Last best chance

Well, it might have worked.

Reader Ken Doran writes:

It looks like preventing the Katrina flood might have taken decades of intelligent and expensive infrastructure work. The current administration was terrible on this, but probably couldn’t have saved the day even if it had been good.

However, Michael O’Hare is correct that a drastically better evacuation system could have been in place

relatively inexpensively, and would have saved untold lives.

I think that even accepting everything as it happened to the start of flooding, and even assuming FEMA/federal ineptitude, a opportunity

for life saving leadership was missed at that point. Someone in a position to invoke moral leadership, probably the governor or mayor, could have done the following:

1. Identified what access routes into the city were usable or could be made so within hours.

2. Asked — begged — anyone who controlled a bus or similar vehicle, public or private, within plausible driving distance, to get to the city and take people away.

3. Asked — begged — anyone with dry floor space in surrounding states, notably churches and schools, to make it available for refugees, and to scrounge food and medical assistance on an emergency basis.

4. Asked that all law enforcement agencies, and notably their dispatchers, be made primary information brokers as to travel routes and what resources were available locally.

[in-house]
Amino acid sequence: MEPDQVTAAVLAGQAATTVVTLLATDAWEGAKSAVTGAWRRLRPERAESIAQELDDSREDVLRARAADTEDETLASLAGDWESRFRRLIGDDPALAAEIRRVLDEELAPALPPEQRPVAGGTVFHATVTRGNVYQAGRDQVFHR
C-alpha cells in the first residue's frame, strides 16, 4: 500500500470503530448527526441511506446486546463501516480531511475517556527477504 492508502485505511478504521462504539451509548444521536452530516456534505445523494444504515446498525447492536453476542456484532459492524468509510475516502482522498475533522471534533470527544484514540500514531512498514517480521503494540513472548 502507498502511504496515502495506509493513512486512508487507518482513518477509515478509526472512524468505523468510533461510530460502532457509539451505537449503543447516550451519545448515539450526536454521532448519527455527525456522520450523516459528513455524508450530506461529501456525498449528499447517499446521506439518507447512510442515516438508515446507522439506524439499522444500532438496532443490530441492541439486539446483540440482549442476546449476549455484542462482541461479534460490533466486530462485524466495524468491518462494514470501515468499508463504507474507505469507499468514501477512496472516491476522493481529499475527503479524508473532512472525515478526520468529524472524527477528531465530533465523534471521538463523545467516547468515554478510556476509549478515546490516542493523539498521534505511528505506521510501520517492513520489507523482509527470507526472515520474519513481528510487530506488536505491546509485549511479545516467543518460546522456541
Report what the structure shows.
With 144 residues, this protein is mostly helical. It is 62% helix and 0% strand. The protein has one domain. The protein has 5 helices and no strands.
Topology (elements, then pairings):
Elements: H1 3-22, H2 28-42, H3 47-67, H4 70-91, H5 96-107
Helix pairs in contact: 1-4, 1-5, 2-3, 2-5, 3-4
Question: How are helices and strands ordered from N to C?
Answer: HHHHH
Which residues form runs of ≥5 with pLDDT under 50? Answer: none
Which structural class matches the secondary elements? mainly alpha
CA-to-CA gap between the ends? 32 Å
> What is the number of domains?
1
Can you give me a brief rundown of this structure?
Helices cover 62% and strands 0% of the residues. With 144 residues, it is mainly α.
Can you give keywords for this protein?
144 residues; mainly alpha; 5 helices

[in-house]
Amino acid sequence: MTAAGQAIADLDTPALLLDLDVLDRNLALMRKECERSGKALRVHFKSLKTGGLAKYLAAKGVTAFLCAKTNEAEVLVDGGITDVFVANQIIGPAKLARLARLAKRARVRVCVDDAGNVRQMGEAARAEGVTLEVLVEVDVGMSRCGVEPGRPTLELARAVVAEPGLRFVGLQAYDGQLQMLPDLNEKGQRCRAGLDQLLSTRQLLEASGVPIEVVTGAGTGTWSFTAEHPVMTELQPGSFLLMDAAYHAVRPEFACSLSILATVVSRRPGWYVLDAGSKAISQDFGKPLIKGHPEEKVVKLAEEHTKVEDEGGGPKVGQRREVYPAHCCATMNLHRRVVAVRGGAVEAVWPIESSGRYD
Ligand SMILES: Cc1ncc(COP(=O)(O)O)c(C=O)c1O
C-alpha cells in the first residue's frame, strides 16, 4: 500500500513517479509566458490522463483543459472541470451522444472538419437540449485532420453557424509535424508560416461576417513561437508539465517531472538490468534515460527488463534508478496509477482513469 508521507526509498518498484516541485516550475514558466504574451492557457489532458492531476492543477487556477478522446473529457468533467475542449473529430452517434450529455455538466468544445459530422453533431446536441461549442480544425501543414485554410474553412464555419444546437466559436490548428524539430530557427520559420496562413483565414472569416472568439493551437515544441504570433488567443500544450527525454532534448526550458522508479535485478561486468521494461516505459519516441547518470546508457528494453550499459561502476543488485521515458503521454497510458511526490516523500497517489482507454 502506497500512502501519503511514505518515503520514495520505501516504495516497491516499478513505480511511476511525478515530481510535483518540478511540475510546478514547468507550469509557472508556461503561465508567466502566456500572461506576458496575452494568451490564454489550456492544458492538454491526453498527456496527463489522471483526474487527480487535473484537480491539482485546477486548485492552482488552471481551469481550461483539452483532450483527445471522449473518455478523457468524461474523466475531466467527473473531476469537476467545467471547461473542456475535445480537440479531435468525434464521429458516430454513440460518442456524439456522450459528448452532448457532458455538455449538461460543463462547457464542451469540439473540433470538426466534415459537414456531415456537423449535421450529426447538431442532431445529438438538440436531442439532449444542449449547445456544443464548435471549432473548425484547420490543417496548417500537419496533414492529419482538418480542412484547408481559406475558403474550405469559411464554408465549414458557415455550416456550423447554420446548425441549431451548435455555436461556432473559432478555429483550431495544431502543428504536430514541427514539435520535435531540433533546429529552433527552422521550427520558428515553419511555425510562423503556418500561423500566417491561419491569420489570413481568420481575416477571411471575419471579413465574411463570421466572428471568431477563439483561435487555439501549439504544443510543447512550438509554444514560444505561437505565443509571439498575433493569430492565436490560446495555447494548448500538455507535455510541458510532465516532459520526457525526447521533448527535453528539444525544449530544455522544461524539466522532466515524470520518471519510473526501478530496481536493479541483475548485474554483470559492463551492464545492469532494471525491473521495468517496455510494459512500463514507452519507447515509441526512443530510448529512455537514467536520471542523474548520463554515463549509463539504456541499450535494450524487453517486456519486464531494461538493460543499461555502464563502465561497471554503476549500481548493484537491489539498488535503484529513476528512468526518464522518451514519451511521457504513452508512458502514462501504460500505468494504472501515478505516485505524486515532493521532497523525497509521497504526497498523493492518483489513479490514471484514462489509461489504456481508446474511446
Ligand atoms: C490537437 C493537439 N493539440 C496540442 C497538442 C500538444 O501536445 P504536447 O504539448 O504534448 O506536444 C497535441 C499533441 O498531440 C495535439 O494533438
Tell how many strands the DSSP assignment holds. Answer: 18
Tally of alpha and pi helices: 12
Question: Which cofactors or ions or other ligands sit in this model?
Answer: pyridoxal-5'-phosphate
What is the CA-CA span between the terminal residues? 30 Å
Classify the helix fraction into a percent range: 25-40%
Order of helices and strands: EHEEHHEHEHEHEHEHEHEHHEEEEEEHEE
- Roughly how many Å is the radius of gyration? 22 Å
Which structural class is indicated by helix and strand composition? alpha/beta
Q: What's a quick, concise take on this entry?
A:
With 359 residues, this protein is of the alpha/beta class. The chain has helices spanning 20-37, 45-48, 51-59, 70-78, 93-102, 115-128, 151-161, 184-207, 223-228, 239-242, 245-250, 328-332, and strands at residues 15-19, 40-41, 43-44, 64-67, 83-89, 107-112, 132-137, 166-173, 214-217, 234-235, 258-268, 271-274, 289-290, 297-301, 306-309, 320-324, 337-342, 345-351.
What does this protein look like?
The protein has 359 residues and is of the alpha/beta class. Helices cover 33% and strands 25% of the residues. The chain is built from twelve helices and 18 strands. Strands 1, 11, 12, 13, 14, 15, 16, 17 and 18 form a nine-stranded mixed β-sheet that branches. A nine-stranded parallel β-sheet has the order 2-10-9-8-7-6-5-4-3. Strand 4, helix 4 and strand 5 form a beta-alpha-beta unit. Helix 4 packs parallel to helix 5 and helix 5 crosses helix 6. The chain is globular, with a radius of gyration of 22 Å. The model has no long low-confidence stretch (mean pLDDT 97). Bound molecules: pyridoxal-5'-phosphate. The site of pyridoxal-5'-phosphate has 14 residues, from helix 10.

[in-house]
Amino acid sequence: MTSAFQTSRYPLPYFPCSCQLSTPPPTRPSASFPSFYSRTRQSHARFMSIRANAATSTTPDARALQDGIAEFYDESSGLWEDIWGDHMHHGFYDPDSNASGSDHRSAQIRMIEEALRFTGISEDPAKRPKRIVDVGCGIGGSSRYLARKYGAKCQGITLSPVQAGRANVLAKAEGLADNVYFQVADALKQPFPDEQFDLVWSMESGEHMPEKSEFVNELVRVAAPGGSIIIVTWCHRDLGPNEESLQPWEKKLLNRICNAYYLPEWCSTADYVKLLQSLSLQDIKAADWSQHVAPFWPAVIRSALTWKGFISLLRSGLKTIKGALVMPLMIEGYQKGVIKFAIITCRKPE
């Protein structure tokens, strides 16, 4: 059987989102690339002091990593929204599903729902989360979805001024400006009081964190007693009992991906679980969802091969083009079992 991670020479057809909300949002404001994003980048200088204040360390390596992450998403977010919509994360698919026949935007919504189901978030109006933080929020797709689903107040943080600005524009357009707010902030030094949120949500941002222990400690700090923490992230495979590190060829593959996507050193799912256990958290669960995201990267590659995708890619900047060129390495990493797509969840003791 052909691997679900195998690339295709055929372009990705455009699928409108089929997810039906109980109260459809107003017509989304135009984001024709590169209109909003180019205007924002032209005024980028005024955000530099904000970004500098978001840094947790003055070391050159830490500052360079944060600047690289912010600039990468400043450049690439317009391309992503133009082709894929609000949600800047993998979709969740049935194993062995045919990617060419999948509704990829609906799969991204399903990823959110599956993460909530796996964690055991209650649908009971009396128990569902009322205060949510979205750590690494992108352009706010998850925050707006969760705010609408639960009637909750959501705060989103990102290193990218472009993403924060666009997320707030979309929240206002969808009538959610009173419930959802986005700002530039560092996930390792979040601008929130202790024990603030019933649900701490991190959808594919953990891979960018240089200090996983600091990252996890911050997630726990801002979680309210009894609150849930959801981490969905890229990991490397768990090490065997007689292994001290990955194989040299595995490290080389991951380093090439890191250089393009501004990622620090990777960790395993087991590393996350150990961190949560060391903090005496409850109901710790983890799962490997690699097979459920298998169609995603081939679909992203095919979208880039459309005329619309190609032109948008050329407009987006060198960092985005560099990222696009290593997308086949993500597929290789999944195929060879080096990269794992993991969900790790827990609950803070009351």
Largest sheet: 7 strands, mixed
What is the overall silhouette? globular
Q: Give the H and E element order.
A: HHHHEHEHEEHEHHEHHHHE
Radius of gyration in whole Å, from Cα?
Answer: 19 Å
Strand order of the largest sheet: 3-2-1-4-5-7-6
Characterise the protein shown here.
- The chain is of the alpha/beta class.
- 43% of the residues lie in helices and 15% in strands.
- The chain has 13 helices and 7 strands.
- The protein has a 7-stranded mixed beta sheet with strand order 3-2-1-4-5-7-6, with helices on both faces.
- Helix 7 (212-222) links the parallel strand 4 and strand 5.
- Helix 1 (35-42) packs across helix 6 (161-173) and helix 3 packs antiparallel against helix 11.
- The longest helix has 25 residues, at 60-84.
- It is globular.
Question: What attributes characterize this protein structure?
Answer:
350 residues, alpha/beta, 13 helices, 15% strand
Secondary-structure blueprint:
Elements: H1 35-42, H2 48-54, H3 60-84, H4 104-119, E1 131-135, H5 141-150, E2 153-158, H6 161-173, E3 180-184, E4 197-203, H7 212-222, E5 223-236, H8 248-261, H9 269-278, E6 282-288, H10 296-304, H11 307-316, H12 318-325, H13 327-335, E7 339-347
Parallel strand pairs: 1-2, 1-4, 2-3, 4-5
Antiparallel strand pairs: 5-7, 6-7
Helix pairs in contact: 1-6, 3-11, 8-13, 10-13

5. Promise to begin sorting out the longer term consequences ASAP, but asking that it be treated as a matter of life and death meanwhile, which of course it was.

What I don’t know is if widespread Katrina damage was so severe as to make any substantial effort along these lines totally impossible. But if even one or two routes to the city could have been opened within a day or so, it could have made a huge difference. Apparently the roads were open enough for a Hyatt Hotels supply convoy to get in on Wednesday.

I think the news media would have gotten behind this and been major allies. Of course, that assumes that FEMA wouldn’t have prevented it.

Didn’t happen. Would I have thought of it, had I been in or close to those positions? Don’t know. It is entirely possible that I would have taken it for granted that FEMA and the feds generally would

be on the case within hours.

Author: Mark Kleiman

Professor of Public Policy at the NYU Marron Institute for Urban Management and editor of the Journal of Drug Policy Analysis. Teaches about the methods of policy analysis about drug abuse control and crime control policy, working out the implications of two principles: that swift and certain sanctions don't have to be severe to be effective, and that well-designed threats usually don't have to be carried out. Books: Drugs and Drug Policy: What Everyone Needs to Know (with Jonathan Caulkins and Angela Hawken) When Brute Force Fails: How to Have Less Crime and Less Punishment (Princeton, 2009; named one of the "books of the year" by The Economist Against Excess: Drug Policy for Results (Basic, 1993) Marijuana: Costs of Abuse, Costs of Control (Greenwood, 1989) UCLA Homepage Curriculum Vitae Contact: